The Financial Conduct Authority has fined Clydesdale Bank £20.7million for “serious failings” in its PPI complaint handling procedures.
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The fine is the largest ever imposed by the FCA for matters relating to PPI.
Between May 2011 and June 2013, the bank decided on 126,600 PPI complaints. The FCA says that, as a result of Clydesdale’s conduct, up to 42,000 may have been rejected unfairly and up to 50,900 upheld complaints may have resulted in “inadequate redress” for customers.
The watchdog says that in mid-2011, Clydesdale implemented “inappropriate policies” which meant that its PPI complaint handlers were not taking into account all relevant documents when deciding how to deal with complaints.
Additionally between May 2013 and June 2013, the bank provided false information to the Financial Ombudsman Service after it requested evidence of Clydesdale’s records regarding sold PPI policies.
The FCA says a team within the bank’s PPI complaint handling operation “altered certain system print outs… to make it look as it Clydesdale held no relevant documents and deleted all PPI information from a separate print out listing the products sold to the customer.”
It also notes that the practices were not known to or authorised by the bank’s PPI leadership team or any members of senior management.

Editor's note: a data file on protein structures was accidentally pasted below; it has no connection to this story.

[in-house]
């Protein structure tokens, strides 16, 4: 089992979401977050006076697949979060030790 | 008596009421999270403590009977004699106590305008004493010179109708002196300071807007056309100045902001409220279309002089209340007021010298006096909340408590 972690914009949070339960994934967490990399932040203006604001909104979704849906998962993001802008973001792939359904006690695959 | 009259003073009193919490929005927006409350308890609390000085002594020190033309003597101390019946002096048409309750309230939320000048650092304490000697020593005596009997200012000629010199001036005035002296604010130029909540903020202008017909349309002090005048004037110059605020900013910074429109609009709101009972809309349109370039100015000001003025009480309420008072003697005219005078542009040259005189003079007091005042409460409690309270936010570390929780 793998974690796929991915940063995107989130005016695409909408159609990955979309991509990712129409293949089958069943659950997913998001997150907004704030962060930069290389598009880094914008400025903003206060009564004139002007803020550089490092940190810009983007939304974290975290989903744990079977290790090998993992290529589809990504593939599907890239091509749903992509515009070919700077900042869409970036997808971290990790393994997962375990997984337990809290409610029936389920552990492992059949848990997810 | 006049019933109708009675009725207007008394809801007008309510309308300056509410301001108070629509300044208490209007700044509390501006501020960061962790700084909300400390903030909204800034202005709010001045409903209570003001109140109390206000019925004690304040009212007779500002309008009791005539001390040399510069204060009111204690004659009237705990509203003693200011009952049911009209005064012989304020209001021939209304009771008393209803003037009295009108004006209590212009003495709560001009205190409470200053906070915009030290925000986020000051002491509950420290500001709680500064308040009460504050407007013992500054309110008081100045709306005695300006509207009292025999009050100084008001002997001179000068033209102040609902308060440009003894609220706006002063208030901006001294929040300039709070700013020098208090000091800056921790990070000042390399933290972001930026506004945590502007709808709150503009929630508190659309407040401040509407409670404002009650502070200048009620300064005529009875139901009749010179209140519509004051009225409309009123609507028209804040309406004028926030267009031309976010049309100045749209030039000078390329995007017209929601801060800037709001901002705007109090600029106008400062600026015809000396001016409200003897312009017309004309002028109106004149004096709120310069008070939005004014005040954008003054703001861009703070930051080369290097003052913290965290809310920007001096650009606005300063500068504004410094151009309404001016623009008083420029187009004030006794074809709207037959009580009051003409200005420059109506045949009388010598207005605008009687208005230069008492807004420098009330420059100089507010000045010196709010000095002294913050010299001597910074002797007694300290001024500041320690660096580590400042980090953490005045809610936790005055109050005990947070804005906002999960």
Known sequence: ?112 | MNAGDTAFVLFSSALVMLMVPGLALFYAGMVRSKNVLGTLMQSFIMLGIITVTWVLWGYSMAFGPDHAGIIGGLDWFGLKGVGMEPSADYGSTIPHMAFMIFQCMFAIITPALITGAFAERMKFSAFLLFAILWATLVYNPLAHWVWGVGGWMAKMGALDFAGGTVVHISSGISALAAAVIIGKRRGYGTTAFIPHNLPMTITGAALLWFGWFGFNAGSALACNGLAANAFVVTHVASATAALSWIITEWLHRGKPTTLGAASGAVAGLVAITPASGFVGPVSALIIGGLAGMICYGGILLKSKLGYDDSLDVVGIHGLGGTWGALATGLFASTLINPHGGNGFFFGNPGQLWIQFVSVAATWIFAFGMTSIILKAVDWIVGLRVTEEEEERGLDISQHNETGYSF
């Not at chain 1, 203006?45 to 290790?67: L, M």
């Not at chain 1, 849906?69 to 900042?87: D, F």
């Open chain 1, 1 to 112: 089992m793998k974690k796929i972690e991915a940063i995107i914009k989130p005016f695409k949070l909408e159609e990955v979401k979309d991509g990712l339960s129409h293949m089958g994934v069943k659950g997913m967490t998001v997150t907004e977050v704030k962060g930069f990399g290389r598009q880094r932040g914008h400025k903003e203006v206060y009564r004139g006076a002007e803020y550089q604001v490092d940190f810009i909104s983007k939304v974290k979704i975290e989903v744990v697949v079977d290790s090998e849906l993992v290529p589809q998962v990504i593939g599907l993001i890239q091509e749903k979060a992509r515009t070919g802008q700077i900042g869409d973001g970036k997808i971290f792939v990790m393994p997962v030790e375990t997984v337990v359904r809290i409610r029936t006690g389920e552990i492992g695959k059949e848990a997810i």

Georgina Philippou, acting director of enforcement and market oversight at the FCA, said: “Clydesdale’s failings were unacceptable and fell well below the standard the FCA expects. The fact that Clydesdale misled the Financial Ombudsman by providing false information about the information it held is particularly serious and this is reflected in the size of the fine.
“We have been very clear about how firms should treat customers who may have been mis-sold PPI. In ignoring documents it held which were relevant to its customers’ complaints, Clydesdale failed to treat its customers fairly.”
The FCA also says that as Clydesdale agreed to settle at an early stage of the investigation, it qualified for a 30% discount on the fine. If it had not settled, the financial penalty would have totalled £29,540,500.
Debbie Crosbie, Acting chief executive of Clydesdale and Yorkshire Banks, said: “In 2011 we introduced changes to our policies and procedures that were designed to help us respond to PPI complaints.
“A number of these changes were inappropriate and have disadvantaged some of our customers. We got this wrong and I am sorry for that.
“We deeply regret any instance which led to the Financial Ombudsman Service receiving incorrect or incomplete information from us.
“These practices were not authorised or condoned by the Banks. As soon as this issue was discovered, we took immediate steps to stop it; we made the regulator aware and rapidly introduced strict new monitoring procedures to prevent any recurrence.”